I'm attempting to build a model of a car fender. The goal is to modify this in software, CNC route a mold and fabricate the resulting part.

The original part is fairly complex, with a bunch of compound curves and things that look perpendicular but aren't quite. I do not have access to a 3D scanner. So, I thought I'd try AutoDesk ReCap Photo to generate a model, clean it up and go from there. This is what I got from ReCap:

enter image description here

enter image description here

Getting rid of the background trash, etc. was straightforward. What I'm trying to do now is clean up the mesh itself, where there are a lot of bumps (see the bottom of the fender in the image, and areas around the vent towards the top of the piece).

I'm currently waiting on ReCap to generate a new model from much higher-res images of a much cleaner part. That will hopefully reduce the amount of noise in the model.

The Question: What techniques should I consider to smooth the surface to get rid of bumps, dips, and generally remove noise from the mesh, or should I be using a different technique to generate the model?

I considered creating a lower-res quad patch and using the Cloth modifier to drop it onto the fender. That (perhaps obviously) didn't work very well. :/

  • Welcome to GD.SE - Please look through tour to get a sense of our community – who we are and what we’re about. Then look over How to Ask and How to Answer a question to see what makes a good query here, and how best to frame it. Ironically, although I often champion including 3D generalist questions in our scope, this one seems overly 3D specific: you're looking for photogrammetry cleanups & retopology workflows in 3DS & I I'm really not sure that fits our scope. Please read read through How to Ask and if you can, edit your question to better fit our scope. Thanks! Oct 17, 2019 at 20:36
  • Fred Flintstone would be quite happy with your fender. But your surface accuracy is useless when compared to how precise car parts should be today. In the passed away Soviet Union your quality might have been acceptable at least when sold to ordinary people who have stayed in the queue 5 years, but now you should have better model. Smoothing will not make it if you have no way to quarantee the smoothing pulls the dimensions right, not away from the right. Did you have any kind of high contrast non-glossy "make it uniquely traceable" surface texture during the scan?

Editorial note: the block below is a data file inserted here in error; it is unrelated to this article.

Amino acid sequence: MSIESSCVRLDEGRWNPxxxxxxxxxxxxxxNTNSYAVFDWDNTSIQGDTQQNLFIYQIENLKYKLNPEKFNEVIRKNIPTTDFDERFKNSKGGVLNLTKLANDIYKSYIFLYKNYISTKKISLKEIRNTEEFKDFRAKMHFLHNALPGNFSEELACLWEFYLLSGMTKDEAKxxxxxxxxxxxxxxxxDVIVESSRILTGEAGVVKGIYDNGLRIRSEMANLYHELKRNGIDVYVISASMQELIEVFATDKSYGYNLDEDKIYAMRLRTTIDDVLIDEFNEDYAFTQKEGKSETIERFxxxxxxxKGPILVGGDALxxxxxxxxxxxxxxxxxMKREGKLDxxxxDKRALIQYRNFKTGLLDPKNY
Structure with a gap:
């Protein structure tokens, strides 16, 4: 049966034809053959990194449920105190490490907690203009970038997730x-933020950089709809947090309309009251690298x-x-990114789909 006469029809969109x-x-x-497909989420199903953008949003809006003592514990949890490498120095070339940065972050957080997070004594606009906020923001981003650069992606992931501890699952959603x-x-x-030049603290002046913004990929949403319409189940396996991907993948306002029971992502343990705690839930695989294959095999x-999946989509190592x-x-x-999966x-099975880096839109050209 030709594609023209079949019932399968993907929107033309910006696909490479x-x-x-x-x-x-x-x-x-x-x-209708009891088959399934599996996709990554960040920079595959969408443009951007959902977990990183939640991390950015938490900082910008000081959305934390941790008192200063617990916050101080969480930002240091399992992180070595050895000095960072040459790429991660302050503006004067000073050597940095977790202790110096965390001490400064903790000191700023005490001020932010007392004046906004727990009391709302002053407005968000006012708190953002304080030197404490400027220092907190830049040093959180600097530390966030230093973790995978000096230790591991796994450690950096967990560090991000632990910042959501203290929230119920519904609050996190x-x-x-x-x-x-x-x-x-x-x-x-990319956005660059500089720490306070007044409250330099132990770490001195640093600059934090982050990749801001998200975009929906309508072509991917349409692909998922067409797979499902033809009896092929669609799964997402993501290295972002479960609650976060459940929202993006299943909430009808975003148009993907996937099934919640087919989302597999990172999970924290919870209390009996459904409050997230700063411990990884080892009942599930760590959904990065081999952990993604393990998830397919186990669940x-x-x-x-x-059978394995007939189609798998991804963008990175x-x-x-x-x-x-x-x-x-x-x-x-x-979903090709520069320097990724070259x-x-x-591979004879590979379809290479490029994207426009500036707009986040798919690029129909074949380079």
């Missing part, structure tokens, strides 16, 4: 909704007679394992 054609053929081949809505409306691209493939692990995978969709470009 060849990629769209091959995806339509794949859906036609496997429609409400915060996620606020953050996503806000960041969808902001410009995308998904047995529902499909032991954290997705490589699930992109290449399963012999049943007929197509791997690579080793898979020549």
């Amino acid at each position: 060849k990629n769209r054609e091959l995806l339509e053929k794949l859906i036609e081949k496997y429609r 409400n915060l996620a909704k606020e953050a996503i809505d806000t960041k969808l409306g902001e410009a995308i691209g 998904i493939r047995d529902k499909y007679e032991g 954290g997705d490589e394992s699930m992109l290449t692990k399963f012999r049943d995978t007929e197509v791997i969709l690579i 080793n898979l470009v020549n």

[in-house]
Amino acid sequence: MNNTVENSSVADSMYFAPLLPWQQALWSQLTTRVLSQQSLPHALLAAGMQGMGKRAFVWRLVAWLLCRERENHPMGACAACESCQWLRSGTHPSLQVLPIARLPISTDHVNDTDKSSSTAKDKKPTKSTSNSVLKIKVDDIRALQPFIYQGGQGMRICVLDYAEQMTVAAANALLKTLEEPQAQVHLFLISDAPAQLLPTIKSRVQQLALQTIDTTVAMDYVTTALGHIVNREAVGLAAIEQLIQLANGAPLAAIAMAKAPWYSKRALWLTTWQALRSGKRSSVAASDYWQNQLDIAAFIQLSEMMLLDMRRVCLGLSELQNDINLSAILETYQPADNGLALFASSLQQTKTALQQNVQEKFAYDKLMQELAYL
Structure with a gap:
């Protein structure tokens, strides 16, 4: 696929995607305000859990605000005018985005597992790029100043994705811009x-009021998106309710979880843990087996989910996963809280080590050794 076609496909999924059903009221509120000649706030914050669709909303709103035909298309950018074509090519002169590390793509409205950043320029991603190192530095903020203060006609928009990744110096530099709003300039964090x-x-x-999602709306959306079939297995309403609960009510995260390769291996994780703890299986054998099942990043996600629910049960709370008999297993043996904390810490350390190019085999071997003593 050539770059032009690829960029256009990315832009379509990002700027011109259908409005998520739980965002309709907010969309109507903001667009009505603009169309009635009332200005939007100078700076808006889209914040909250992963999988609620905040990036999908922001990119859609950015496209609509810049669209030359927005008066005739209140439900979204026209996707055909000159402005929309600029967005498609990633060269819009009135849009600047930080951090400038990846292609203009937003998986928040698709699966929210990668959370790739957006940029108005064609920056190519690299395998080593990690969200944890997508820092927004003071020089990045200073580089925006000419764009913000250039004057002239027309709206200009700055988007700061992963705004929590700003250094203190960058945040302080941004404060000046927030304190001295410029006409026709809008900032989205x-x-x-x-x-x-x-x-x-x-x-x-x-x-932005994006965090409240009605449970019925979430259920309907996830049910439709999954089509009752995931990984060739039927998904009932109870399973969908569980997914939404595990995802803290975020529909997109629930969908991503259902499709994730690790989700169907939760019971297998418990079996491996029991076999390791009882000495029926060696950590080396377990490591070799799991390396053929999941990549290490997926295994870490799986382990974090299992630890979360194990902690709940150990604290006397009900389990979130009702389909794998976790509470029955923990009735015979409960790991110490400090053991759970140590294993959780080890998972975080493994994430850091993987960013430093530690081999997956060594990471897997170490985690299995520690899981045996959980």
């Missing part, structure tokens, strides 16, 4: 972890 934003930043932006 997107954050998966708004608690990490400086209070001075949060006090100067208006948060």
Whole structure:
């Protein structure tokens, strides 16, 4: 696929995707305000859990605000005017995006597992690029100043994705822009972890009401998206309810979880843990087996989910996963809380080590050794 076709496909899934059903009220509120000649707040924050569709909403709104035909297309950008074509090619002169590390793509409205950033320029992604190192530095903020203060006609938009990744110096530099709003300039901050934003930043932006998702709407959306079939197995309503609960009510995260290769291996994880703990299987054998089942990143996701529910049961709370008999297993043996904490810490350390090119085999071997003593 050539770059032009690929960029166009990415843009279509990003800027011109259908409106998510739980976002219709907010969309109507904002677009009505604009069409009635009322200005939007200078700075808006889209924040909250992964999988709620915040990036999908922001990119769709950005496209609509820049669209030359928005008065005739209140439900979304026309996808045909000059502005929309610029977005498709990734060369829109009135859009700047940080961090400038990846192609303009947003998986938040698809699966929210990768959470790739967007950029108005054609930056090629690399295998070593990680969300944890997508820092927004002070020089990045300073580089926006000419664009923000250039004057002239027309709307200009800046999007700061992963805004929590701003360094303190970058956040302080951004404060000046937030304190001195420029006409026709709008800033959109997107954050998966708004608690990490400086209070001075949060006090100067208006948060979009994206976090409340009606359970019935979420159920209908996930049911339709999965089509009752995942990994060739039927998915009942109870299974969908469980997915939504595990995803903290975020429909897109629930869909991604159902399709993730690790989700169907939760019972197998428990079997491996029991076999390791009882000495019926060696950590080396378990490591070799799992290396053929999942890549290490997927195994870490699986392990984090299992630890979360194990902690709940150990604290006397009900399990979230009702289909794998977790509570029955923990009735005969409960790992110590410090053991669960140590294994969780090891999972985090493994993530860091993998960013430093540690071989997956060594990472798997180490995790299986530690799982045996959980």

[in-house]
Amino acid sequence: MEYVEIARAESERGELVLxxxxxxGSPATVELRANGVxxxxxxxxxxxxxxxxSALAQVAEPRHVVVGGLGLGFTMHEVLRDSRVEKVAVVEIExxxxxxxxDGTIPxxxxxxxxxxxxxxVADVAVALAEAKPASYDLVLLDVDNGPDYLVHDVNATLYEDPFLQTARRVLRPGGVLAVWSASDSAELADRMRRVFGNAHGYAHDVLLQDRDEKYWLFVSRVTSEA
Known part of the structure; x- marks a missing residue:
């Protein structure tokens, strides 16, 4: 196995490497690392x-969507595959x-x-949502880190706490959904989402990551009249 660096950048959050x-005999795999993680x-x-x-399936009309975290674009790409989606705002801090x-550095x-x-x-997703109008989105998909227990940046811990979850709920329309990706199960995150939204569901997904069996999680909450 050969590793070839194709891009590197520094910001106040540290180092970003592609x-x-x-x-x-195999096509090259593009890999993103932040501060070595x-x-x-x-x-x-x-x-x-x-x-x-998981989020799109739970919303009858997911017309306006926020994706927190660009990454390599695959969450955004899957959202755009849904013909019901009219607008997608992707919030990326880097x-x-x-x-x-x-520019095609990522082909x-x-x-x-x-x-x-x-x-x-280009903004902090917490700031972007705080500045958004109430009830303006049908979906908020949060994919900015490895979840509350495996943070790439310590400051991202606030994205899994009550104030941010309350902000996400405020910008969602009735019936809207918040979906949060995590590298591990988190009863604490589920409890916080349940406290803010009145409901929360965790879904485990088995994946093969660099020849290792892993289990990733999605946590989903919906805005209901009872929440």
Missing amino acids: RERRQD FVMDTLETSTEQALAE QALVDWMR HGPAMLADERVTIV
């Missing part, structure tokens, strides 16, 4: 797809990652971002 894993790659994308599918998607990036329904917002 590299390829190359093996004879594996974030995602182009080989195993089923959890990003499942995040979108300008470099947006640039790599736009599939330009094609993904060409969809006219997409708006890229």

– user82991
    Oct 17, 2019 at 21:54
  • @user287001 dimensions are fine. I realize that the scan is rough. No, there were no surface texture / mapping / reference points. These are the things I'm looking for in an answer. I realize the model is crap - I'm looking for a way to either clean this one up, or a way to generate a model that is NOT crap. This is for my track car - it doesn't have to be perfect, just better than this mess.
    – 3Dave
    Oct 17, 2019 at 22:20
  • 1
    @GerardFalla Apologies if this is not the correct SE. I asked here because there are more modeling & MAX questions here than other sites in the network. I'd appreciate a pointer to the correct site, if you have any suggestions.
    – 3Dave
    Oct 17, 2019 at 22:21

1 Answer 1


Photogrammetry is statistical estimation which tries to find the most probable reason for the given set of photos. That includes reasoning what's the object, where the camera has been and what error the camera causes.

Photogrammetry can work only if the light is stable during the session, the surface isn't glossy (=all reflections are diffuse) and there's enough unique surface details with high enough contrast. As important is to prevent all changes in the camera between the shots. If moving the camera affects the light in the room or the camera does automatic adjustments or intelligent postprocesing to make the image better, you are out of luck.

The surface must not be glossy and it must have high contrast details. Stone and wood are often ok as is, but metal, plastic, glass and painted surfaces generally must be prepared. A common way is to have matt water based grey paint and a black fine, but still well visible pattern on it. If there's glossy areas, they appear as holes or unexpected bumps.Lack of details causes the same.

Having a dense high contrast pattern doesn't prevent surface errors because photo pixels still makes everything a little random. But the pattern can prevent large bumps, so it's more probable to get usable cloud decimation result.

It's far too easy to forget the near environment. It must also be traceable to prevent mixing it with the target.

Proper (=diffuse shadowless and stable) light is very difficult task. I have seen tutorials where the beginner is guided to shoot outdoors in a cloudy day and to work fast to have consistent light. It worked for me, too.

Search for quidance how to prepare the object and how to shoot the photos. Start from this: https://www.3dscanstore.com/blog/3d-scanning-reflective-objects.

  • THANK YOU. I'm a graphics coder and a car guy; not an artist or capture expert, so there's a lot going on here that is outside of my expertise. Based on your input and the link, I have a pretty good idea of what my next attempt will entail. Thanks so much for taking the time.
    – 3Dave
    Oct 18, 2019 at 16:11

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